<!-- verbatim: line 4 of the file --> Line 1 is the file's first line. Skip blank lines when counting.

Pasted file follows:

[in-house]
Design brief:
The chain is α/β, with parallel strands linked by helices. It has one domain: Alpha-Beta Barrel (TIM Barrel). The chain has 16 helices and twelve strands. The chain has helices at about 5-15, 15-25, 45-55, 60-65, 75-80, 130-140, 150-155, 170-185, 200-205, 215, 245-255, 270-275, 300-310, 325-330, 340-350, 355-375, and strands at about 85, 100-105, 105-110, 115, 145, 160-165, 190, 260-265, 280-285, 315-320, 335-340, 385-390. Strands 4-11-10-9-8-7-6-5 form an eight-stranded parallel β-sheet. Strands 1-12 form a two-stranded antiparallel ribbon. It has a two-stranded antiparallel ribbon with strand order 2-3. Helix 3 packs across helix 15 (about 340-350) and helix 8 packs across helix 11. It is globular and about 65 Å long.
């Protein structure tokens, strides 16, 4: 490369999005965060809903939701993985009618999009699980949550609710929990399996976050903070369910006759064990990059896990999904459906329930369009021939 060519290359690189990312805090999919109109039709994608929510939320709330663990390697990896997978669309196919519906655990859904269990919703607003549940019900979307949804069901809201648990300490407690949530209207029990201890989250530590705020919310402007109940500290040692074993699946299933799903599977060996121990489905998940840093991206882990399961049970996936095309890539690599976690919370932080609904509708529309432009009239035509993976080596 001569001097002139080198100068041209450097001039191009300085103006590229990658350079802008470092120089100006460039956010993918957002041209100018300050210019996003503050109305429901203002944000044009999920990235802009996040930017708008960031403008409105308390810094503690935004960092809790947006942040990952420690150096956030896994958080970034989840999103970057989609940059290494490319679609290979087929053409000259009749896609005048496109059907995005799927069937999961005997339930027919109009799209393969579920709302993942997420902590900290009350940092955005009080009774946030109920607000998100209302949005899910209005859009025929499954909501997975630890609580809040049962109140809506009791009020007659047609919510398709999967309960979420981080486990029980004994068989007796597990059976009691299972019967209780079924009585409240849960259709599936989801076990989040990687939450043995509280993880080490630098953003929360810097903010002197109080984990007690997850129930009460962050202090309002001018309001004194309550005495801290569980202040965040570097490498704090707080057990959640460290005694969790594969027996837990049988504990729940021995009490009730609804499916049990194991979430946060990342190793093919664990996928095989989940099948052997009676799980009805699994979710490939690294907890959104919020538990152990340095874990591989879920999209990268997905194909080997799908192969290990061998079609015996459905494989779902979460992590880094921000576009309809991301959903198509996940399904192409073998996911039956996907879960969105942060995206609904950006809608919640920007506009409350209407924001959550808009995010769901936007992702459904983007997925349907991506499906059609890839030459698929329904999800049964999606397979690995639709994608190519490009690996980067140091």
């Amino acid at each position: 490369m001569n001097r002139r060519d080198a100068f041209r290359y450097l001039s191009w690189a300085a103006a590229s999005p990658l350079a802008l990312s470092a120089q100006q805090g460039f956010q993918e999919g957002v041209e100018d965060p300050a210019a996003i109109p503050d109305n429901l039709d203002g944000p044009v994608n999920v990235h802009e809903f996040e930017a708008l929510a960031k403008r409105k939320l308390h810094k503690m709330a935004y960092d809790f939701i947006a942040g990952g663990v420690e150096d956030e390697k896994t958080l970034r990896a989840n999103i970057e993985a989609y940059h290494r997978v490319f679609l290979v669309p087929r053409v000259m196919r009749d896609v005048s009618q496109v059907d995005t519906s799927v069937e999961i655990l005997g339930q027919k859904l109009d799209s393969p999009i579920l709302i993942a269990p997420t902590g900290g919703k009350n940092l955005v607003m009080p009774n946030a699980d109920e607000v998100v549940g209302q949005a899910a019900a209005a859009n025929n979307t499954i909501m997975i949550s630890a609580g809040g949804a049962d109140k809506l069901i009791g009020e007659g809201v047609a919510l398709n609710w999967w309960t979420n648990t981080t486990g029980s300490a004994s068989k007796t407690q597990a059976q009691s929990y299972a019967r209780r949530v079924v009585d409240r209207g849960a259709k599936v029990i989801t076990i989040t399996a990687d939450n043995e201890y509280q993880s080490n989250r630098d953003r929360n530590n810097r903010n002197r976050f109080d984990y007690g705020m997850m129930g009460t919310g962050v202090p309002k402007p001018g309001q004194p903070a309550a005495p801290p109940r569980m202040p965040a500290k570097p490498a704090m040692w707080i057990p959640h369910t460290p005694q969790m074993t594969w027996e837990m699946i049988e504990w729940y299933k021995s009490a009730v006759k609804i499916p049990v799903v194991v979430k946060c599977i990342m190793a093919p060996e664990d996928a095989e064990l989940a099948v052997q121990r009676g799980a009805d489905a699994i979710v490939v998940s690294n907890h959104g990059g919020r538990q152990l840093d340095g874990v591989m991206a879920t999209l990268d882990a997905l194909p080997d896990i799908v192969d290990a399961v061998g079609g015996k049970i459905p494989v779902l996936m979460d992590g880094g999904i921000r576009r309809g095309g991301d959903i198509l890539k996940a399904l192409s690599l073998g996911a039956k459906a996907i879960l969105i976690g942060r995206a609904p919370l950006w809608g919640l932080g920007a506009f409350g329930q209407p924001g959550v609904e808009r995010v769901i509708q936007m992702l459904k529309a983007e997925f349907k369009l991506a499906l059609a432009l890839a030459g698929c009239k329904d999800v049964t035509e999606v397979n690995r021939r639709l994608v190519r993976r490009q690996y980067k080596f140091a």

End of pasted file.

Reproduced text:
């Protein structure tokens, strides 16, 4: 490369999005965060809903939701993985009618999009699980949550609710929990399996976050903070369910006759064990990059896990999904459906329930369009021939 060519290359690189990312805090999919109109039709994608929510939320709330663990390697990896997978669309196919519906655990859904269990919703607003549940019900979307949804069901809201648990300490407690949530209207029990201890989250530590705020919310402007109940500290040692074993699946299933799903599977060996121990489905998940840093991206882990399961049970996936095309890539690599976690919370932080609904509708529309432009009239035509993976080596 001569001097002139080198100068041209450097001039191009300085103006590229990658350079802008470092120089100006460039956010993918957002041209100018300050210019996003503050109305429901203002944000044009999920990235802009996040930017708008960031403008409105308390810094503690935004960092809790947006942040990952420690150096956030896994958080970034989840999103970057989609940059290494490319679609290979087929053409000259009749896609005048496109059907995005799927069937999961005997339930027919109009799209393969579920709302993942997420902590900290009350940092955005009080009774946030109920607000998100209302949005899910209005859009025929499954909501997975630890609580809040049962109140809506009791009020007659047609919510398709999967309960979420981080486990029980004994068989007796597990059976009691299972019967209780079924009585409240849960259709599936989801076990989040990687939450043995509280993880080490630098953003929360810097903010002197109080984990007690997850129930009460962050202090309002001018309001004194309550005495801290569980202040965040570097490498704090707080057990959640460290005694969790594969027996837990049988504990729940021995009490009730609804499916049990194991979430946060990342190793093919664990996928095989989940099948052997009676799980009805699994979710490939690294907890959104919020538990152990340095874990591989879920999209990268997905194909080997799908192969290990061998079609015996459905494989779902979460992590880094921000576009309809991301959903198509996940399904192409073998996911039956996907879960969105942060995206609904950006809608919640920007506009409350209407924001959550808009995010769901936007992702459904983007997925349907991506499906059609890839030459698929329904999800049964999606397979690995639709994608190519490009690996980067140091």